9-11 and Privacy (715 words)
Could not a Pearl Harbor-like national emergency cause the federal government to subpoena or impound the major public and private databases including those of Abacus, Acxiom, Experian and the Census Bureau? At that point Washington would know everything about everybody in the country, including the color of our underwear.
—Famous Last Words, August, 2001
When John F. Kennedy was shot, many of his Secret Service detail had hangovers, the result of a night of drinking. Not only was it a national tragedy, but a national embarrassment—compounded by the murder of Lee Harvey Oswald, who was in protective custody of the Dallas police. To make up for its poor performance, the American law enforcement community went on a tear, attempting to tie the crime to anyone remotely connected to Oswald. One such person presumed guilty was a friend and neighbor of Marina Oswald, who was also the sister-in-law of my employer's son. He and his wife—who were totally innocent—were hounded for months with a series of hostile interviews and constantly tailed. Any written references always included the connection to the Kennedy assassination, which meant they were effectively blackballed from getting a job. Finally, Minnesota Sen. Hubert H. Humphrey stepped in and called off the dogs.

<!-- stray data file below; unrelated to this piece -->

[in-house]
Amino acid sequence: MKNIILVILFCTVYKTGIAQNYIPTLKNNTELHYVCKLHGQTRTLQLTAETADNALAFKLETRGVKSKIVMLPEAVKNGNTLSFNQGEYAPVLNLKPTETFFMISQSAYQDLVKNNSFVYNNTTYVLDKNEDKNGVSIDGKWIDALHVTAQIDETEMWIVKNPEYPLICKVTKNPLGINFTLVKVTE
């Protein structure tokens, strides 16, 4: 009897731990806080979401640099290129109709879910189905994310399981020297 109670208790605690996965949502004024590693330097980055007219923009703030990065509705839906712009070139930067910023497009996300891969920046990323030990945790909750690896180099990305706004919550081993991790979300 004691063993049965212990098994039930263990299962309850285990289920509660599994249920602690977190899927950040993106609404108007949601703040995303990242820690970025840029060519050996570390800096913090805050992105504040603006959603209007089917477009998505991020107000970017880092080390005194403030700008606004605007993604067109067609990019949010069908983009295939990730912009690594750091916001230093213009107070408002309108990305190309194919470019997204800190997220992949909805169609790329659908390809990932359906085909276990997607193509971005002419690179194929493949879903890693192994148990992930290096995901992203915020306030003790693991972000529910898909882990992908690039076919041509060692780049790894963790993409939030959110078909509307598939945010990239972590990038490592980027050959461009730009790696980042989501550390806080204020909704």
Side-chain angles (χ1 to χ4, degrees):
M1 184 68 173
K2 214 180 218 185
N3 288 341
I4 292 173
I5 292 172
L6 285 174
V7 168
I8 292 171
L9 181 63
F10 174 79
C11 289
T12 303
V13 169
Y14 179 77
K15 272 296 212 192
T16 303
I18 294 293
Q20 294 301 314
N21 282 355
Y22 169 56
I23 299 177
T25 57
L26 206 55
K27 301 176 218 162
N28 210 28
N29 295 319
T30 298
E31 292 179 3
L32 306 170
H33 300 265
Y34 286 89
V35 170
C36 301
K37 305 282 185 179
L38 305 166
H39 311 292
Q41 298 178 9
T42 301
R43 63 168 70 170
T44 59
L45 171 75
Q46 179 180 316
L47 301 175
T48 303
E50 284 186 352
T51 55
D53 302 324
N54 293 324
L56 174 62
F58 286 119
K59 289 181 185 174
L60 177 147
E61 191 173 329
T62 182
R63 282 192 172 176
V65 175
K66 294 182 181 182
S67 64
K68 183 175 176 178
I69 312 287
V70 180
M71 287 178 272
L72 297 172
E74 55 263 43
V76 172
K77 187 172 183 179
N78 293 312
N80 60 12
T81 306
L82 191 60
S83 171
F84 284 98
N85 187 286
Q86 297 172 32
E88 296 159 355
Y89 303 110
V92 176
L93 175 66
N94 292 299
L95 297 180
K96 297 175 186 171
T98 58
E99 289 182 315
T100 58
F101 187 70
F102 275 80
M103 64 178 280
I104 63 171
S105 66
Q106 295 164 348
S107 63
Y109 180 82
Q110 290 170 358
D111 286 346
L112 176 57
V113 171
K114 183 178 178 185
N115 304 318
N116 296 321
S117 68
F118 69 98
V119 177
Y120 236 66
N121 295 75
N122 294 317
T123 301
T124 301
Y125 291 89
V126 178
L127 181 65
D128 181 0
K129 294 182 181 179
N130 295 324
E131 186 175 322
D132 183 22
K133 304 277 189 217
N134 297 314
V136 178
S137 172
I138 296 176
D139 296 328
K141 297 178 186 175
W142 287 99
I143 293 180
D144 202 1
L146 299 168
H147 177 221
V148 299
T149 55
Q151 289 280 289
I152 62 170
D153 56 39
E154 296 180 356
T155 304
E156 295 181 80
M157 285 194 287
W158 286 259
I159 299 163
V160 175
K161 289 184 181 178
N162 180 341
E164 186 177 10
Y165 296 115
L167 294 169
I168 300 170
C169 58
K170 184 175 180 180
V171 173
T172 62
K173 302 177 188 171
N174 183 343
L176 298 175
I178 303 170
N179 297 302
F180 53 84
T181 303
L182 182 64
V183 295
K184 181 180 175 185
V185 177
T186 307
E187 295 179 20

This was 1963-1964, when individual data were scattered—much of it on pieces of paper in files, some of it on computers—in insurance companies, doctors' offices, telephone companies, credit card companies, banks, the IRS, etc. To create a complete dossier would require a court-ordered subpoena duces tecum that would give authorities access to all the records at these disparate locations to put together a profile.
Today, this entire process can be accomplished with a few keystrokes.
I write this on Sept. 11 after a crazed day of watching terrorism and tears, heroism and horror as a Mobius loop of tape continually replayed the plane crashes, explosions, collapsing buildings, and untold numbers of individual human tragedies.